FIG. 4 illustrates voltage vs. time curves for an anode voltage (V0) and gate voltages (V1 and V2) according to an example embodiment of the present invention. While V0 may be fixed during operation of the FEA device, periodic AC voltages may be applied to V1 and V2. V1 and V2 may include a DC voltage and small periodic AC modulation voltages with, for example, a square waveform. In this example, the electron emission may occur in three discrete directions, depending on the relative magnitude of V1 and V2: the direction will be normal to the substrate in the case of V1=V2, and can be inclined to gate 1 (or gate 2) when V1>V2 (or V2>V1). The electron beam may move back and forth perpendicular to the gate electrode with a periodicity of T. Further, the inclined angle may be adjusted by varying the relative the magnitudes of the three voltages and/or magnitudes of DC and AC voltages for V1 and V2.

FIG. 5 illustrates another voltage vs. time curves for an anode voltage (V0) and gate voltages (V1 and V2) according to another example embodiment of the present invention. Gate voltages V1 and V2, may have sinusoidal waveforms with a constant DC offset voltage. Compared with the square waveform of FIG. 4, sinusoidal waveforms of the AC modulation voltage may alter the electron direction in a continuous manner and the electron beam can scan the anode. The scanning direction may be perpendicular to the gate electrode and the scanning period is T.

FIG. 6 illustrates a cross-sectional diagram of field emitter array with split gates and scanning electron beams during operation according to another example embodiment of the present invention. Gate electrodes 3, 4 may extract electrons from emitter tips 1. The electron beam may be directed predominantly normal to the substrate plane, if V1=V2. If an asymmetric potential distribution is formed in the region between the gates 3, 4 and the anode 9, the direction of electron beams 10 may be inclined either to gate 1 or gate 2. When V1, and V2 have a periodic AC voltage component, the electron beam can scan the anode 9, as illustrated in FIG. 6. The scanning distance of the e-beam is determined by the three applied voltages (Vo, V1, and V2) and the configuration of the field emitter, for example, the gate hole diameter, the distance between neighboring emitter tips, the ratio of the tip 1 heights and the insulator 7 thickness, etc.

FIG. 7 illustrates a field emitter array with two pairs of split gates, capable of two-dimensional beam scanning according to an example embodiment of the present invention. Asymmetric potential distribution may tilt the electron emission direction, but one pair of split gates can generate only line scanning electron beams, rather than a two-dimensional scanning beam. To achieve two-dimensional scanning and aerial scanning, two pairs of gate electrodes may be used. Multiple gates to achieve two-dimensional beam scanning, is shown in FIG. 7.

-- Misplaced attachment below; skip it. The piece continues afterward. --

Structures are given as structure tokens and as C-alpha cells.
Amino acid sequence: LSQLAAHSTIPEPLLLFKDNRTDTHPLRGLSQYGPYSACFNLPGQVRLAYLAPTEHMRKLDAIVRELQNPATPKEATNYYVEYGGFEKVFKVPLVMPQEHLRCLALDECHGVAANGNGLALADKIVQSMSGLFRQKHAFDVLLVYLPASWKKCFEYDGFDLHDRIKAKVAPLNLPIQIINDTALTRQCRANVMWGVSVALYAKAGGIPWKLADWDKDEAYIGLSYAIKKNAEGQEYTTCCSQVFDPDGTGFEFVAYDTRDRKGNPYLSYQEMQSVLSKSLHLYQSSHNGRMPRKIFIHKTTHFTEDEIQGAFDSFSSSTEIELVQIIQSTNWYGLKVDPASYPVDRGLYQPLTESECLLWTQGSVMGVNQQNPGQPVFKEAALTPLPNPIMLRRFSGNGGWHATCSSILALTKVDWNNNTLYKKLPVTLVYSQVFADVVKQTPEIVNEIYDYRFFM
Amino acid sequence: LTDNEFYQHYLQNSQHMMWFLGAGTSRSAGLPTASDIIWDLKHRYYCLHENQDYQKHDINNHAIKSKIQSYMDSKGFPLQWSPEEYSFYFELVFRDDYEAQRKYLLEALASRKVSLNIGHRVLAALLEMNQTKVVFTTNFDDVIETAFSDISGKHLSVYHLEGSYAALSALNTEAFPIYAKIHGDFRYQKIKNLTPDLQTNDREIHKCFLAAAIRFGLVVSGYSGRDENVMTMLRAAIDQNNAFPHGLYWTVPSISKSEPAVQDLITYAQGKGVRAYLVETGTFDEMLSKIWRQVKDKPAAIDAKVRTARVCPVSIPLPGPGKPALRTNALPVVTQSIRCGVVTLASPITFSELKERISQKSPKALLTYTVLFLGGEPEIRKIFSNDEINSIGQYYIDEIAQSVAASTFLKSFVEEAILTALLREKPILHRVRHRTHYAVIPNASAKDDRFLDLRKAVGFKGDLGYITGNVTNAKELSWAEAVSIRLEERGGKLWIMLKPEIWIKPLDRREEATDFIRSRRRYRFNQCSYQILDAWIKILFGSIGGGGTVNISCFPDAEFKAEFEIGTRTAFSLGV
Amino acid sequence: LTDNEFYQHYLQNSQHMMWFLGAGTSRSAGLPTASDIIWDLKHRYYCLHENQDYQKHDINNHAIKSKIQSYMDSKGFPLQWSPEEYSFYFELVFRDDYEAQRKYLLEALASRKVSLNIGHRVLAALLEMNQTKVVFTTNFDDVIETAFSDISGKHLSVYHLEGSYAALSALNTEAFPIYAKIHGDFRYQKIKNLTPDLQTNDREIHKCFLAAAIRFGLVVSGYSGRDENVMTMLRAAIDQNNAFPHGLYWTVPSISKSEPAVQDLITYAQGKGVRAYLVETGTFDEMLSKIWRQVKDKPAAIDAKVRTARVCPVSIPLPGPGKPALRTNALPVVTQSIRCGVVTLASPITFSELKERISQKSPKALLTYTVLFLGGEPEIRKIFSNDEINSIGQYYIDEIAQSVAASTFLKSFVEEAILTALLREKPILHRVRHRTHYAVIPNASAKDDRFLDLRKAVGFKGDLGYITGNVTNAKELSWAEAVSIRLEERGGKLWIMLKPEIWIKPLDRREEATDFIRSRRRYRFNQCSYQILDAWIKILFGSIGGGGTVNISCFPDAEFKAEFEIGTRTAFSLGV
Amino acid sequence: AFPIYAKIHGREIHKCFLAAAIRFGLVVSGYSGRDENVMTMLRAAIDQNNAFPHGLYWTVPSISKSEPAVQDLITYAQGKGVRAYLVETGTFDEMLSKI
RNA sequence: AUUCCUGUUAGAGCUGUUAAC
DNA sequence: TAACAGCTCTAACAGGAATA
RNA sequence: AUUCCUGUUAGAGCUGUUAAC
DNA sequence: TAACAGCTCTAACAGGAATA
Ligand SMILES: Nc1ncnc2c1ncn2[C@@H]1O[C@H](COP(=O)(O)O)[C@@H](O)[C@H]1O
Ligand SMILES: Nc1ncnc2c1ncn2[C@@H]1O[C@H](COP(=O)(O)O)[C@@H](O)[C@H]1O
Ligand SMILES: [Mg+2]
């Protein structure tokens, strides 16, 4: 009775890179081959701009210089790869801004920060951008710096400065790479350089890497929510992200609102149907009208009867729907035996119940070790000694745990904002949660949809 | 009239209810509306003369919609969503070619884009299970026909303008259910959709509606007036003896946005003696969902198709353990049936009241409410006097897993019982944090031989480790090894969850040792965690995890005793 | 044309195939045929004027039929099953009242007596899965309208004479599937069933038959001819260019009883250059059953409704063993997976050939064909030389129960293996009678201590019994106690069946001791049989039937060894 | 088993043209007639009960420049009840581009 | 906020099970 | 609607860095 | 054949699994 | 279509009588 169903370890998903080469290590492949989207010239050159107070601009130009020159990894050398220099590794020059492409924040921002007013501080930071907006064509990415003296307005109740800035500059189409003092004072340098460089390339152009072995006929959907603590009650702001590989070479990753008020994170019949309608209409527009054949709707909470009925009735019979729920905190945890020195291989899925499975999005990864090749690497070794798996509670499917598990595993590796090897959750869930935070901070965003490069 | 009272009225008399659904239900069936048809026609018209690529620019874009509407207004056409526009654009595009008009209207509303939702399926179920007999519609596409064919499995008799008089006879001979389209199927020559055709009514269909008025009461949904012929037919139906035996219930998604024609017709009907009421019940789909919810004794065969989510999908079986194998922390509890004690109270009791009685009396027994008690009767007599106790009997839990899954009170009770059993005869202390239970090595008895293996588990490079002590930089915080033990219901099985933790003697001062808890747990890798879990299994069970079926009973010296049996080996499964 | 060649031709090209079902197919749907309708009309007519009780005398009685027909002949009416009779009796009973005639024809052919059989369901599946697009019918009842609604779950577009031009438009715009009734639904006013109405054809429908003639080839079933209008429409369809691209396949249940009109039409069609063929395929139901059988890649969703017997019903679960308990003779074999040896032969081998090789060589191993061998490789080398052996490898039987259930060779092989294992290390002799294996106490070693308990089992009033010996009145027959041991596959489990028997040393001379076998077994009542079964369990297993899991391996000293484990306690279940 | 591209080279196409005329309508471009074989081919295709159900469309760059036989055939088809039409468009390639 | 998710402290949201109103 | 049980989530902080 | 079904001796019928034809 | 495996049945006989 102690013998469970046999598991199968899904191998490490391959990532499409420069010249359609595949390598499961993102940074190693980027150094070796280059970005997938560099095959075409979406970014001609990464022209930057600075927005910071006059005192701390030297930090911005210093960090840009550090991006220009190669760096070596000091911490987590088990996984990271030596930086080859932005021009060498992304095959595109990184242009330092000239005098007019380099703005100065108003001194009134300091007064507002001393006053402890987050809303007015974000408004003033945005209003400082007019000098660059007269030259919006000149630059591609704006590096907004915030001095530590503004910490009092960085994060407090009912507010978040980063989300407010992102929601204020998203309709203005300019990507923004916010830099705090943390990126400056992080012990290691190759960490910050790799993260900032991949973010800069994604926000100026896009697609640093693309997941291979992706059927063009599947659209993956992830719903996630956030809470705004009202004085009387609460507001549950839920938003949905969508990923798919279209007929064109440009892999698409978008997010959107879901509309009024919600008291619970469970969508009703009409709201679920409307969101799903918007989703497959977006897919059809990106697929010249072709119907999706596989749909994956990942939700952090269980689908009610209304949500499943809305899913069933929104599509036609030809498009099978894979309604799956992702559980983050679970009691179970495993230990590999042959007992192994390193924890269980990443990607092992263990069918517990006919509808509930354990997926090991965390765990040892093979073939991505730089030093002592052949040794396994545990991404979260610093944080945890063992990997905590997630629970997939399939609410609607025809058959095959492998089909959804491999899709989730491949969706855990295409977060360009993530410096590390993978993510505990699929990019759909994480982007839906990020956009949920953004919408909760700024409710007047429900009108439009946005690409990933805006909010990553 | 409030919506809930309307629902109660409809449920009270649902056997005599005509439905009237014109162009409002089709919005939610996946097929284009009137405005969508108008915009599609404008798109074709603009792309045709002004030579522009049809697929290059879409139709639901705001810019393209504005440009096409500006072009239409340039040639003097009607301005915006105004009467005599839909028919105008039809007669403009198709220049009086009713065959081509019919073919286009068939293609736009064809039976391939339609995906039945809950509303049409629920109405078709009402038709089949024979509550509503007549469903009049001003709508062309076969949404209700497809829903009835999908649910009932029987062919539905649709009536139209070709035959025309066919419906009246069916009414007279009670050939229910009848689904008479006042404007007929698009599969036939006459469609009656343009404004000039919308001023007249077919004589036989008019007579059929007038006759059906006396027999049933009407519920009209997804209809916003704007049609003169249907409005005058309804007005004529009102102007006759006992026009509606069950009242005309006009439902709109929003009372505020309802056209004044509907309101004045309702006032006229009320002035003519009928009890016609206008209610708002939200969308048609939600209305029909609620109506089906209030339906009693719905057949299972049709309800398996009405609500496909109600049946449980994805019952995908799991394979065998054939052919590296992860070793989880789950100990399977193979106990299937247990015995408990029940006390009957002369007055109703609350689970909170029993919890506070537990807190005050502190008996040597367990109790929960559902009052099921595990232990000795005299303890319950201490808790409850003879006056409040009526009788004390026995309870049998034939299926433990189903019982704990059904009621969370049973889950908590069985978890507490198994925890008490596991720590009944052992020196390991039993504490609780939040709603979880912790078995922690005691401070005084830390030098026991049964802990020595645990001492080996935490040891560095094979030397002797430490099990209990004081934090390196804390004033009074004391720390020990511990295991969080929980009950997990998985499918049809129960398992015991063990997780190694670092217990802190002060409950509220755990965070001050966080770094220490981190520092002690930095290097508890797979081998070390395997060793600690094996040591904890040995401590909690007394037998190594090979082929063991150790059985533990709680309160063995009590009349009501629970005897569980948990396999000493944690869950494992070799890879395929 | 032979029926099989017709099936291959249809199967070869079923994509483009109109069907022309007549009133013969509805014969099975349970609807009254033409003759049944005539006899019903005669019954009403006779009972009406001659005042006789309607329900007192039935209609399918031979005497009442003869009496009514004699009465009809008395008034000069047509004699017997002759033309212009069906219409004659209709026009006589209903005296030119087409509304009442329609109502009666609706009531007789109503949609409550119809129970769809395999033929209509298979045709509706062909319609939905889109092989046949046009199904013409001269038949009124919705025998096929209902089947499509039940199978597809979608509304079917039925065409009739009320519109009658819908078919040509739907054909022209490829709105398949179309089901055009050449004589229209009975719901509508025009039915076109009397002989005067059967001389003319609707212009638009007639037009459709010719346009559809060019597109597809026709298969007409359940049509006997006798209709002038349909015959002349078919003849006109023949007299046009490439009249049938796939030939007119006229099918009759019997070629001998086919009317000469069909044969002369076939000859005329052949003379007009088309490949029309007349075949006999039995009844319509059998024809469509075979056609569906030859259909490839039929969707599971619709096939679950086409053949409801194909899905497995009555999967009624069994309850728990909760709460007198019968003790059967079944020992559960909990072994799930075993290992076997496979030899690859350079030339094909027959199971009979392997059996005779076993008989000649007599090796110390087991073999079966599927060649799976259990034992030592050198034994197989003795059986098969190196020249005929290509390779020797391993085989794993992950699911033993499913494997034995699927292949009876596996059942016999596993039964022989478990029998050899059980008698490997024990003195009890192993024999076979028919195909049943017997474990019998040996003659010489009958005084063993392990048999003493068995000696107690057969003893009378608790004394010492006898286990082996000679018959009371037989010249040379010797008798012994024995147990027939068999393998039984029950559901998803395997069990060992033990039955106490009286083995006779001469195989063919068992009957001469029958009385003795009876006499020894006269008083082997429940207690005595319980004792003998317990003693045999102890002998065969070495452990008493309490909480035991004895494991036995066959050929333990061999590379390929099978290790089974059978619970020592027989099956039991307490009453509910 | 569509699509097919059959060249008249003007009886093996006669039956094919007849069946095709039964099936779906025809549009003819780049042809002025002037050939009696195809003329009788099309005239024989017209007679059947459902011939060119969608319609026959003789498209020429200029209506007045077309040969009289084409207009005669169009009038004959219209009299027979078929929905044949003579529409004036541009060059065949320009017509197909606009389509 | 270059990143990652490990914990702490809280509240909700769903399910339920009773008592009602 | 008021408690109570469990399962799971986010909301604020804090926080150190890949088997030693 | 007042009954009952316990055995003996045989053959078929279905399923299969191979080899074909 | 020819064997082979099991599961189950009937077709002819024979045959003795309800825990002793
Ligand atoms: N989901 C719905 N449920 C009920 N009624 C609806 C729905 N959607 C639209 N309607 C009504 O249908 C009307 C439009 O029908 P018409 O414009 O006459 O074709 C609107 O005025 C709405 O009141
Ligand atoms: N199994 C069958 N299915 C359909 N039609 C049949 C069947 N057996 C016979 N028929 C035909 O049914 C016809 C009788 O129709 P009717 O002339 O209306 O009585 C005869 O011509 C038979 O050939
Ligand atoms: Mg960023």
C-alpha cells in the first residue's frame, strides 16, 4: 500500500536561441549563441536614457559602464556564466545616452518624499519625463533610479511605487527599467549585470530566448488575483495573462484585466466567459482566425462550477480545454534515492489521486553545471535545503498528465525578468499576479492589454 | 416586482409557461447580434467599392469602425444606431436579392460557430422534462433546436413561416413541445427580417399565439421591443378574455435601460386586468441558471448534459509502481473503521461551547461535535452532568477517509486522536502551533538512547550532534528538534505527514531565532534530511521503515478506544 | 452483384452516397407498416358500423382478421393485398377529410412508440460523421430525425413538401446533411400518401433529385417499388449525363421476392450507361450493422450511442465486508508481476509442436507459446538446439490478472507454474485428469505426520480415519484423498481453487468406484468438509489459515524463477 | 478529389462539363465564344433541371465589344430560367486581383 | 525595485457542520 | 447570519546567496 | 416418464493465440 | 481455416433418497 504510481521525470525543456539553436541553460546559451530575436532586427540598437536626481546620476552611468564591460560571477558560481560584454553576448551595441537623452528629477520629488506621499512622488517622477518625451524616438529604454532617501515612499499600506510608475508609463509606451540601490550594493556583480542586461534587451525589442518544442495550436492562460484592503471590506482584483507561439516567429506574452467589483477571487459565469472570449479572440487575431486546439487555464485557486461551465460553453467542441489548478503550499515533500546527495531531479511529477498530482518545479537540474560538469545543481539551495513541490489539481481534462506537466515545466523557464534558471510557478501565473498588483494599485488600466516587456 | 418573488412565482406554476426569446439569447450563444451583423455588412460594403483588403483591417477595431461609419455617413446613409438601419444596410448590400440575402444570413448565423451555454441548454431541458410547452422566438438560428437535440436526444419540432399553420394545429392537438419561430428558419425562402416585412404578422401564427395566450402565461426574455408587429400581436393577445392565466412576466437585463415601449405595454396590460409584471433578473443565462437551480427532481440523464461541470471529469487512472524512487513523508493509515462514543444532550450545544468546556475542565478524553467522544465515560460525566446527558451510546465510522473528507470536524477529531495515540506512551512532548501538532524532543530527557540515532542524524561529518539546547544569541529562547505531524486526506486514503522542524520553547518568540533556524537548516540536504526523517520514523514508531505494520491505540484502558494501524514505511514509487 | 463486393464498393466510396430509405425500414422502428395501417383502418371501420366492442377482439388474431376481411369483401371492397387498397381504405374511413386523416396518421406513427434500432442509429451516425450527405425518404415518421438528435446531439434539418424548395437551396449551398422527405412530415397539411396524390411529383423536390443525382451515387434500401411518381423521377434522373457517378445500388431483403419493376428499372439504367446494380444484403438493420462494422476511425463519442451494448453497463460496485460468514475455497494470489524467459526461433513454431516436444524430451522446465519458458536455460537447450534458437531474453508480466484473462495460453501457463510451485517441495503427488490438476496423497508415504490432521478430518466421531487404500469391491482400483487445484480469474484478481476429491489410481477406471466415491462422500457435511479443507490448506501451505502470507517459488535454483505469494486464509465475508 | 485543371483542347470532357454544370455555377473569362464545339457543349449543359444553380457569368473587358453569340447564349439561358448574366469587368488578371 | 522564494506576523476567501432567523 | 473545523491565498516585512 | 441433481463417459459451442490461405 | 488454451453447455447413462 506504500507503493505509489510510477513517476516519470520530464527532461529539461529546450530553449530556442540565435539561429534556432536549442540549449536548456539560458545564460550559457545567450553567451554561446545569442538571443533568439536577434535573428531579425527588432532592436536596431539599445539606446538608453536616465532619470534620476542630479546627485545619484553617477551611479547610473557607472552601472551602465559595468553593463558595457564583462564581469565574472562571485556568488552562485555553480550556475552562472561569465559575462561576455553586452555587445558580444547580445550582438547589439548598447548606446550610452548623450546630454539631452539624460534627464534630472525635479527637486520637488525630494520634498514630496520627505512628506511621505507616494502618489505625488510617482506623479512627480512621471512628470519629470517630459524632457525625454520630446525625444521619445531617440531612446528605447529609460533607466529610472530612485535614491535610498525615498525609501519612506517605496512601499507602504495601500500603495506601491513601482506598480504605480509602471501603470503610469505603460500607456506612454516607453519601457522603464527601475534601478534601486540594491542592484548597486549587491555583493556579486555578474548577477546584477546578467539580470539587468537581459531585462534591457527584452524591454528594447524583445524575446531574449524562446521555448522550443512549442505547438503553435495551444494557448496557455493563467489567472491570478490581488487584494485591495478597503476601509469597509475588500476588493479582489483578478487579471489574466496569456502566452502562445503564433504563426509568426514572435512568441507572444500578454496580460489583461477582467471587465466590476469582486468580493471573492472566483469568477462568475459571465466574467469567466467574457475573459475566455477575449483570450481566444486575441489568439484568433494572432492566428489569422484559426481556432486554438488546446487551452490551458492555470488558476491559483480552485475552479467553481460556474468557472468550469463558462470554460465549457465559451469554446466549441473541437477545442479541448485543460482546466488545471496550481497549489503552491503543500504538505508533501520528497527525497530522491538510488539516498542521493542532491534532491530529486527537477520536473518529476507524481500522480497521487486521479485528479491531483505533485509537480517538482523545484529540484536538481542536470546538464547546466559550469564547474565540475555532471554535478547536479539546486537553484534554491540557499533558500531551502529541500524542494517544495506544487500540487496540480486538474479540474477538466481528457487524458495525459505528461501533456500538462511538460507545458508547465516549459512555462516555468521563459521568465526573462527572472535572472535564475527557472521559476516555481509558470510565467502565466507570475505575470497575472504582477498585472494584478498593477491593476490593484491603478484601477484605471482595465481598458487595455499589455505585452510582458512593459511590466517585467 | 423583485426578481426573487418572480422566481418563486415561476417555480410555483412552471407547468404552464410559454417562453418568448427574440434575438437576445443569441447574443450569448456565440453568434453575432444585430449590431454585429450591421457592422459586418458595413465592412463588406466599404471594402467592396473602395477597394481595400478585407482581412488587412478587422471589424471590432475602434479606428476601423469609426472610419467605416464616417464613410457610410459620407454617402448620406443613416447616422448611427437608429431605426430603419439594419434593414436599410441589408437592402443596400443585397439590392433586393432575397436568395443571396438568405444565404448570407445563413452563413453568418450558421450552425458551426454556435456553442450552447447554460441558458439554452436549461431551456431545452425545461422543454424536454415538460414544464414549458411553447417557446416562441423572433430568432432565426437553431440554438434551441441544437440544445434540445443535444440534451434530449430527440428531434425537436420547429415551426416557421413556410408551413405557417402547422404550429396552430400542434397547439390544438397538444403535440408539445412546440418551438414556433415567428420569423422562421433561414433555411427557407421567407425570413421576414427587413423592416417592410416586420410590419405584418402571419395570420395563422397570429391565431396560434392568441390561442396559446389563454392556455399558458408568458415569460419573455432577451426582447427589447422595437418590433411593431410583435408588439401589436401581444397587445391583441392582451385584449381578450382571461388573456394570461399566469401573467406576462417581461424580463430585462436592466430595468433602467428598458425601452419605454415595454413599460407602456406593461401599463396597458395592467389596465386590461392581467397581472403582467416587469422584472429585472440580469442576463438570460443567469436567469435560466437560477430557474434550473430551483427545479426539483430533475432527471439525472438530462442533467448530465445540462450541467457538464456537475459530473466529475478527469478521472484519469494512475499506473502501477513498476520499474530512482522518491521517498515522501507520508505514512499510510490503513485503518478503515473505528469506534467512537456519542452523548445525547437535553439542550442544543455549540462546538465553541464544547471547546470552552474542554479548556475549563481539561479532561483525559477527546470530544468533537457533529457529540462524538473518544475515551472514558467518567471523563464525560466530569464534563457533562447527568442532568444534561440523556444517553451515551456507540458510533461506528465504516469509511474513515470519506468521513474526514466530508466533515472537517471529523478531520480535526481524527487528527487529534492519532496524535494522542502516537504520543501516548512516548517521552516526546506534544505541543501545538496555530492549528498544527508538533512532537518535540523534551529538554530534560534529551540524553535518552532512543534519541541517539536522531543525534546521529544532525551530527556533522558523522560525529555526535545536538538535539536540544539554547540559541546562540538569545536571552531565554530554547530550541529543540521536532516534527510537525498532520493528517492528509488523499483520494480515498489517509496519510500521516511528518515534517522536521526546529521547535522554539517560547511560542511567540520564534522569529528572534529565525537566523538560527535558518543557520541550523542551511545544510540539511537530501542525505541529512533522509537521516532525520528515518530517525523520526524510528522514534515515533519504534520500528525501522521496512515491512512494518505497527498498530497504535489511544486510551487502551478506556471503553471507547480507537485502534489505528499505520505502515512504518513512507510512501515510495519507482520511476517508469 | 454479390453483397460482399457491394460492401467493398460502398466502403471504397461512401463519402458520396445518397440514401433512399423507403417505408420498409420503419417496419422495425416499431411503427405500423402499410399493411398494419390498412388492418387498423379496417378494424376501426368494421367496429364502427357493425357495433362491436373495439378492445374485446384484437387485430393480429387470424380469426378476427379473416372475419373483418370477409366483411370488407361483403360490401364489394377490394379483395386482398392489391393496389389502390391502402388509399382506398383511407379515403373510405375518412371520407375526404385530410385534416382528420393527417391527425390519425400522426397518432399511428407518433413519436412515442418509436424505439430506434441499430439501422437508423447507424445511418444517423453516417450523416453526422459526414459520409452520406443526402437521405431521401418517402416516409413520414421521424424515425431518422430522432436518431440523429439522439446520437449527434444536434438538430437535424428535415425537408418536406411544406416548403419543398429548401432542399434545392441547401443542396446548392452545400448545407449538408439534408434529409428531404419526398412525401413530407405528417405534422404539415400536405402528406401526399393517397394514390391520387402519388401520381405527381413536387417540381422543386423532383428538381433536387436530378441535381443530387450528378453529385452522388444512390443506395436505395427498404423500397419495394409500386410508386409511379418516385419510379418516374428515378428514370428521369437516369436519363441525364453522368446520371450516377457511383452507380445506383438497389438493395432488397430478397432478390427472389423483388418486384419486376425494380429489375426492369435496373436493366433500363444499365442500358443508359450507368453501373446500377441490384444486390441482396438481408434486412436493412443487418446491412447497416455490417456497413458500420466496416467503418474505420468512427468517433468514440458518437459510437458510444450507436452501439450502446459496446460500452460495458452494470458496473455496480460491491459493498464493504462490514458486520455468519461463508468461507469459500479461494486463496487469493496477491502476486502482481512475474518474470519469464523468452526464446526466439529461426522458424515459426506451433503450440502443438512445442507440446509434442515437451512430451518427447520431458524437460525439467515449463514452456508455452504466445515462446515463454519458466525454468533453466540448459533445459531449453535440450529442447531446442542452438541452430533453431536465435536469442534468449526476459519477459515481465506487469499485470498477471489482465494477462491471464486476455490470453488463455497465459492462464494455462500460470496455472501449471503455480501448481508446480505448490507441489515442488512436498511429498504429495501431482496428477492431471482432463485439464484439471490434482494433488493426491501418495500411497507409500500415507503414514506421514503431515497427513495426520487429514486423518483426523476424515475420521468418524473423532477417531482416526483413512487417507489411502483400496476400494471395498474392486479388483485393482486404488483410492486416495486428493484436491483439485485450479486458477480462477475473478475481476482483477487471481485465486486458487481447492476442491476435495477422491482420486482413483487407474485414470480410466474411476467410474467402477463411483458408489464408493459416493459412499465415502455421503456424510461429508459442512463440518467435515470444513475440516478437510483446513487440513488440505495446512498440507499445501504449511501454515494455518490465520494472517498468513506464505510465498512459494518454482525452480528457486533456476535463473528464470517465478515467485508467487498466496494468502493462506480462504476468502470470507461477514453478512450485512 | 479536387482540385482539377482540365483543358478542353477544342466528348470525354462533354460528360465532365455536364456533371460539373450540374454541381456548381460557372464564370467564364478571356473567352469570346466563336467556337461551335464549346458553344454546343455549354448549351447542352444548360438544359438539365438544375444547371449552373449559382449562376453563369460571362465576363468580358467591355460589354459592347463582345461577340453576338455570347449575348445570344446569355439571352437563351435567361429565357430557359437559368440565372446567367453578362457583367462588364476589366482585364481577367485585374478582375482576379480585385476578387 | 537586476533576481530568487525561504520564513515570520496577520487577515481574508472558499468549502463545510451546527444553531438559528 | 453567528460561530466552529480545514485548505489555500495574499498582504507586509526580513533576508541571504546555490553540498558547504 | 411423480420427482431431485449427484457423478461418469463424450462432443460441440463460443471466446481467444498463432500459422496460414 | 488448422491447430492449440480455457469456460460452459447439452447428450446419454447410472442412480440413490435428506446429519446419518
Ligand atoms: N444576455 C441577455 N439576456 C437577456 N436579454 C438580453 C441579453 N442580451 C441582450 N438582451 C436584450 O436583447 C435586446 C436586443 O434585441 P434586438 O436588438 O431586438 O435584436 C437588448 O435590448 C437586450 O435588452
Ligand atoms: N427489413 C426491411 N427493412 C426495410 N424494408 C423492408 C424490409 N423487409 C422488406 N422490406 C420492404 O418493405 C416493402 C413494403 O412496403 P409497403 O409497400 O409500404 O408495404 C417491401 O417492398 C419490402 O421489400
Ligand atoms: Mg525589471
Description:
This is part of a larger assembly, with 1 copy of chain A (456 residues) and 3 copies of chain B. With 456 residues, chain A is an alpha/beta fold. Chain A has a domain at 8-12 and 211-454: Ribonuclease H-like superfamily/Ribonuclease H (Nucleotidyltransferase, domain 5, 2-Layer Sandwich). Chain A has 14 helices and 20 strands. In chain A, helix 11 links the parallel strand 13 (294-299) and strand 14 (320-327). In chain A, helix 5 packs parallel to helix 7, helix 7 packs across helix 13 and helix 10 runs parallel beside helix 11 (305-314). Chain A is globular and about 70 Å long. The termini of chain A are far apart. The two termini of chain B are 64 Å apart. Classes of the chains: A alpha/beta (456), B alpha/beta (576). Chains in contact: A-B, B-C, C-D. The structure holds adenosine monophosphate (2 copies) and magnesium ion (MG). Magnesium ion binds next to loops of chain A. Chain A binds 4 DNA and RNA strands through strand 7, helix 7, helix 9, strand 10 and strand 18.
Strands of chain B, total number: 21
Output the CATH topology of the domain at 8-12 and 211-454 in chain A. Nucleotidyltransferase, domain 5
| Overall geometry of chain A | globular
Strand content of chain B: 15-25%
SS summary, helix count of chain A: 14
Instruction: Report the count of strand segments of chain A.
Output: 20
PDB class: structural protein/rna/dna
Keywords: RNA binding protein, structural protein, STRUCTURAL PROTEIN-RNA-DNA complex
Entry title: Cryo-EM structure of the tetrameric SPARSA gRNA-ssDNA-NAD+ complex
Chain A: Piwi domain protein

The first pair of gates 1 and 2 may tilt the electrons along the x-axis, and the second pair of gates 3 and 4 tilt the electrons along the y-axis. Uniform beam scanning capability using this type of ‘quadruple’ gate structure can be further enhanced by ‘octuple’ structure or even more gated structures.

FIG. 8 illustrates a field emitter array with two pairs of split gates, capable of two-dimensional beam scanning according to an example embodiment of the present invention. More gates will generate more uniform electron beams. However, this may result in complicated electrode wiring issues and especially for FEAs with numerous emitter tips. FIG. 8 illustrates an example structure enabling two-dimensional beam scanning. As shown in FIG. 8, each pair of electrodes is perpendicular to the other pair, the first pair of gates 1 and 2 are along the x-axis, enabling y-direction e-beam scanning, and the second pair of gates 3 and 4 are along the x-axis, enabling x-direction e-beam scanning.

A gated field emitter array, for example, a triode structure is basically a discrete source of electrons from each of the emitters. The split-gate structure according to example embodiments of the present invention makes the overall emitted electron beams from these discrete sources spatially more uniform on a given anode (or targeted substrate surface) when integrated over a certain exposure time. Method of operation according to example embodiments of the present invention may utilize various modes of gate voltage applying schemes, for example, a gate-to-gate alternating operation, overlapping or non-overlapping gate-to-gate sequential operation, or independently time-modulated application of activating gate voltages on each of the split gates. The time-integrated uniformity of the resultant electron beam provided by example embodiments of the present invention on any given location or selected area on the target substrate or anode may be improved by at least 10% or by at least 30%, for example, as measured by the ratio of the highest cumulative electron dose on a given area of the anode or target surface to be electron beam illuminated, as compared to the lowest cumulative electron dose on the same given area.